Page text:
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Kanstul 5480 F

Postby BassBass » Wed Jan 27, 2016 3:34 pm


I'm interested in know if someone have the experience in play this Tuba.
How it's play and how it's sing. Have a good intonation?

Could you compare with a MW 45 LP?

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Re: Kanstul 5480 F

Postby ColeGAnderson » Thu Jan 28, 2016 2:19 am

I have never had the pleasure of playing the grand F, but I recently had the chance to go tour their factory in California and got to play on the grand CC, the grand BBb and their 3/4 5V F.

Both of the 5/4 grand tubas were an absolute joy to play and their huge sound was intoxicating. The response was sluggish but that may not be as big of a problem on the F. I didn't have a tuner with me but they both sounded in tune (i don't have perfect pitch unfortunately). The little F was very nimble and easy to play, with a lovely tone, it sings even if you don't have much experience with F tubas. The tone was lovely and the low range was nice, not quite as good as a Yamaha 621 but it made up for it in the high range.

All the tubas had excellent craftsmanship and tone. Plus they could even fill up the factory with sound. I would definitely recomend going to the factory if you have a chance, they are very nice and love to show you around. Even if they don't have the tuba you're looking for it's a real treat to try out their other tubas.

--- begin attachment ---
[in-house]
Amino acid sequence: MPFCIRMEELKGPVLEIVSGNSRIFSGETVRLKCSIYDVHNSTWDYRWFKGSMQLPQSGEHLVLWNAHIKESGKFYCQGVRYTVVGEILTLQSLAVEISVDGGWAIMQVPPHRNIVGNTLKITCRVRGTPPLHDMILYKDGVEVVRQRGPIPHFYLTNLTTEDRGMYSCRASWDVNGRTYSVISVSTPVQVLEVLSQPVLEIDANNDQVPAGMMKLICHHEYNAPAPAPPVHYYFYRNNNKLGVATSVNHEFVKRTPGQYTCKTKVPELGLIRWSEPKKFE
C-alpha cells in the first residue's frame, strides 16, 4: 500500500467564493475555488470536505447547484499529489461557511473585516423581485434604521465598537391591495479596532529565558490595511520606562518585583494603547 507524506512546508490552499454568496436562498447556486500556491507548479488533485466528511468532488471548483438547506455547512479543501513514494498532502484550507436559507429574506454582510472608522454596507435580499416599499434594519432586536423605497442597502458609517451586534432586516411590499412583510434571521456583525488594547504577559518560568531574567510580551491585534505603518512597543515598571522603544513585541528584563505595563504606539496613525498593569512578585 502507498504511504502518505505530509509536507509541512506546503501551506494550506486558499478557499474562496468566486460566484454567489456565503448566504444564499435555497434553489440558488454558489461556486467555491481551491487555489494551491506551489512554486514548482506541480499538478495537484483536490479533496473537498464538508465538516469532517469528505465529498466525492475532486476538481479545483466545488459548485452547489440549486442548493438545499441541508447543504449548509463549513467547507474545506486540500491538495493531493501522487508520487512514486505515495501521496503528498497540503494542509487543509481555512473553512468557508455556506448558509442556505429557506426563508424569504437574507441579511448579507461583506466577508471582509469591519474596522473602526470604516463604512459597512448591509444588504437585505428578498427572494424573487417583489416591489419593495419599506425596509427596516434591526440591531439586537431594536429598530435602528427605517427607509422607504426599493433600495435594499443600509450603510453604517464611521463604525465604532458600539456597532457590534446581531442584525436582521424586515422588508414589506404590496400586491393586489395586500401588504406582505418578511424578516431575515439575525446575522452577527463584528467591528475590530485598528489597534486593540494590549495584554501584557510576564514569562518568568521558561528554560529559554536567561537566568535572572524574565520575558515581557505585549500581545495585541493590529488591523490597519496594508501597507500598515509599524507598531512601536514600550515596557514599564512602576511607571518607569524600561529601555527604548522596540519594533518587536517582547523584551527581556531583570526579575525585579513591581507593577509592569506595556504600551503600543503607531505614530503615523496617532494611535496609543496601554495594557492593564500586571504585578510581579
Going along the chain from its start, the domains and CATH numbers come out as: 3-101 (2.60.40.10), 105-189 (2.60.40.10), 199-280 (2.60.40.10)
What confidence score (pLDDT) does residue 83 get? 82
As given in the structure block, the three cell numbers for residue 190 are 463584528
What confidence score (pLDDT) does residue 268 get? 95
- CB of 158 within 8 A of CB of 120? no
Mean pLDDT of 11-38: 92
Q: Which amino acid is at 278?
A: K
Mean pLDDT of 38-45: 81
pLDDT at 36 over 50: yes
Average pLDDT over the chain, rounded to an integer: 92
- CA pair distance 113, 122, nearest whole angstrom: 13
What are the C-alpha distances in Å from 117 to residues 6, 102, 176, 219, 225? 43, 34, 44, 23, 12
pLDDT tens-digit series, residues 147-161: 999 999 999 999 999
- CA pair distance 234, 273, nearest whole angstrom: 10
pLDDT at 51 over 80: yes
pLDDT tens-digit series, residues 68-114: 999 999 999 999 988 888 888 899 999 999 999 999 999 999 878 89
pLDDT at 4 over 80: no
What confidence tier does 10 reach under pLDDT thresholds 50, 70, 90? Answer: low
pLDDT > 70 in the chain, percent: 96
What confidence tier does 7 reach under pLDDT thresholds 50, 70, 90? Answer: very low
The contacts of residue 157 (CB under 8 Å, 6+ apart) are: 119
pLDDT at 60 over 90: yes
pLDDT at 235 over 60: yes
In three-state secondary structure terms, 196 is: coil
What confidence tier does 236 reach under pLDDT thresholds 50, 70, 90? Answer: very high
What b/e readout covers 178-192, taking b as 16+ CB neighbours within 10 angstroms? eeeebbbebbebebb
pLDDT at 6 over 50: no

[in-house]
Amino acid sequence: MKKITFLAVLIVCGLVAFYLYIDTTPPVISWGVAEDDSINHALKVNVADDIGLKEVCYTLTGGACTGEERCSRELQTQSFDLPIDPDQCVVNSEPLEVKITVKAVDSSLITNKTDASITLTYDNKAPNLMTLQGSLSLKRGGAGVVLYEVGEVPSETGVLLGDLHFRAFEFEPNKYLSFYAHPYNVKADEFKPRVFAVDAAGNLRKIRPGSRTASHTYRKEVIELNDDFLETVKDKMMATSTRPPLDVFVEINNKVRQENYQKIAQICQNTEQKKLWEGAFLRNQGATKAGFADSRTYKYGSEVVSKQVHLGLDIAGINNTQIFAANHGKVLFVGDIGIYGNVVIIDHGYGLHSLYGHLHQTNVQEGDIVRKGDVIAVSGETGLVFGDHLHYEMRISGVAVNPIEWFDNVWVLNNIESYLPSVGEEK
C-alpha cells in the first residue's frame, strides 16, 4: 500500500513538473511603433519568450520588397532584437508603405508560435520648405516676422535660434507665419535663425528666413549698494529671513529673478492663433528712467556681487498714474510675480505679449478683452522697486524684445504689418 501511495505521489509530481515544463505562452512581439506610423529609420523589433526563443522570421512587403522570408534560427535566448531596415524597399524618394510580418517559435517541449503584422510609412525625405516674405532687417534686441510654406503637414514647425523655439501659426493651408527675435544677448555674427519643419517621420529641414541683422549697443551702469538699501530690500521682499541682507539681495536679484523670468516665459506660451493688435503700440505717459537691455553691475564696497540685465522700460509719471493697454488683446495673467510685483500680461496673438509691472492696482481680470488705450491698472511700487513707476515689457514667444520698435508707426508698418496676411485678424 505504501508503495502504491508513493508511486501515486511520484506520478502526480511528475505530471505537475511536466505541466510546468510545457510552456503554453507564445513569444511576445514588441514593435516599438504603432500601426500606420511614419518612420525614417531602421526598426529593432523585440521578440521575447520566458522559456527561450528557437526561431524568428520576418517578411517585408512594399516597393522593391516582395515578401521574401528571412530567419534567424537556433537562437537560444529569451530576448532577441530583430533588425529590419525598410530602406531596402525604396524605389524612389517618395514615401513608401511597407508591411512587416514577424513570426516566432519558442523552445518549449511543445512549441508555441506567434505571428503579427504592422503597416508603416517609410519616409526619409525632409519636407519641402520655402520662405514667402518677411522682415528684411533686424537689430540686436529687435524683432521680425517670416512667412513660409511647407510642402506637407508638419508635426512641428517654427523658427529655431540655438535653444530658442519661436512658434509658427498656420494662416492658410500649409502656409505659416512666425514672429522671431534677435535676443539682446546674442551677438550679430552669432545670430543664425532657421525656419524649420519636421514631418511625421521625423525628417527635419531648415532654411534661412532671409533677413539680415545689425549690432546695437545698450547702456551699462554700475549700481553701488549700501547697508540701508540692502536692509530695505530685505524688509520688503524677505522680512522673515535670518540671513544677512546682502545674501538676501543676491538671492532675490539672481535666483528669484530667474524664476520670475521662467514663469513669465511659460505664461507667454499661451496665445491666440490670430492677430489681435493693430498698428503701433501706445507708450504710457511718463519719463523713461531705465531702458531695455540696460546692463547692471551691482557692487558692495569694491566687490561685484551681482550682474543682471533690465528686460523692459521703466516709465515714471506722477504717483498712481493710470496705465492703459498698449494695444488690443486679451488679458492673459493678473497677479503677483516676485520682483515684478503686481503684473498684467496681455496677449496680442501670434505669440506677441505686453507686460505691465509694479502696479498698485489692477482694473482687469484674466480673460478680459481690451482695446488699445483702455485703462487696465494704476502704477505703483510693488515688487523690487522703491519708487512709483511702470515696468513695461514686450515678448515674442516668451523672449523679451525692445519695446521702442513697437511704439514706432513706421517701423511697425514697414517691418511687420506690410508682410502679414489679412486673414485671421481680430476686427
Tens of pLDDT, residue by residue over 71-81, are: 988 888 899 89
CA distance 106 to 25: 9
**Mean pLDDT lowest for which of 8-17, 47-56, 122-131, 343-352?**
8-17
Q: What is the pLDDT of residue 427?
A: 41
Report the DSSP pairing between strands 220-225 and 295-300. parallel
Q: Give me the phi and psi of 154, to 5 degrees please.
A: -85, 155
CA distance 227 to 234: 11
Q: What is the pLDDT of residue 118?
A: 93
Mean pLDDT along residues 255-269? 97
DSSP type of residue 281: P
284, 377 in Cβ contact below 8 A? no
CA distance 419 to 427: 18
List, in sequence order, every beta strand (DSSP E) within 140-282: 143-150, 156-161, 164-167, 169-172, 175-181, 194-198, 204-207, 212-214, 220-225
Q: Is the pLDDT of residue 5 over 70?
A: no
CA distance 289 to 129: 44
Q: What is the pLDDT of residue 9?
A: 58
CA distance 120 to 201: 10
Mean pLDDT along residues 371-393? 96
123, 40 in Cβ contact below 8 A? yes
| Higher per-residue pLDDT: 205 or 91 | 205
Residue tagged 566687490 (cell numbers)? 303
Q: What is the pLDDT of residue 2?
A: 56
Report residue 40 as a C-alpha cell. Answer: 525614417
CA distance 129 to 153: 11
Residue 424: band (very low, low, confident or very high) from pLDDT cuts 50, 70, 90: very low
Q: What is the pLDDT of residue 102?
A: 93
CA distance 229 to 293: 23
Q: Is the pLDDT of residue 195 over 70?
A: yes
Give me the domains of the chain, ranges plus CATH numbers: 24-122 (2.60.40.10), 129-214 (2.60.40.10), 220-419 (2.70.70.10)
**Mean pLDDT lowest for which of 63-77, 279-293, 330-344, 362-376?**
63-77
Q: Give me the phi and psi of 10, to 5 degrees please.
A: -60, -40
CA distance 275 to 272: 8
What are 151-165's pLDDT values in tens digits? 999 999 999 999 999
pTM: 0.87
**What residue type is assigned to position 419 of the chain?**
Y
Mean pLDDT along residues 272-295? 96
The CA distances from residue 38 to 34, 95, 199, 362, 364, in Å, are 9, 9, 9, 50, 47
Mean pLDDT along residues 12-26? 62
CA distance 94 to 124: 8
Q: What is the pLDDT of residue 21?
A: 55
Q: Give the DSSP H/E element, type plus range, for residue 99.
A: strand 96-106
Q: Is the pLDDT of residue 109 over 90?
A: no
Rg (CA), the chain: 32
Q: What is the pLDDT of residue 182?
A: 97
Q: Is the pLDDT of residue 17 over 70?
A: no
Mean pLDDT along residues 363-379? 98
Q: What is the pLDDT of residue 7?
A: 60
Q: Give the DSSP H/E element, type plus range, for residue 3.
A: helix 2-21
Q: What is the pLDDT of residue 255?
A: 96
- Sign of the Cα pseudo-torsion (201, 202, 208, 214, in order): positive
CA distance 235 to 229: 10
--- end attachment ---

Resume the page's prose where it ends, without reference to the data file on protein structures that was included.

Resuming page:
Hope this helps,
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Re: Kanstul 5480 F

Postby Ken Crawford » Sun Mar 11, 2018 6:58 pm

It's been two years since the last activity on this thread...

Anyone have any experience with the 5480 or are they unicorns that nobody actually plays?
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Re: Kanstul 5480 F

Postby Lee Stofer » Wed Mar 14, 2018 2:58 pm

I don't think the Kanstul Company is doing much with tubas these days. My understanding is that they are primarily making their trumpets, trombones and marching brass, and shipping a lot of it to customers overseas. That business is much more profitable than trying to deal with the American tuba market.

I played a prototype of the 5480 that I thought had massive problems. I felt that they would have done better to further develop the model 80 F. I tweaked two of those, and the model 80 F-tuba could have potentially been the definitive American F-tuba. The model 80 is the closest thing to a York F-tuba yet made. The sound was extremely clear and focused, and people constantly remarked about the beauty of tone when I took it into an ensemble. The pitch tendencies were only minor, and could have been ironed out with further development. I played a concert with a full wind ensemble as the only tuba, using the model 80 F, and I was able to balance the entire wind ensemble in any register with that instrument. The 5480 struck me as ergonomically odd, and unlike the model 80, the 5480 that I played had uneven response. I've been told that a few much-better 5480's were made, but I've not seen or heard them.
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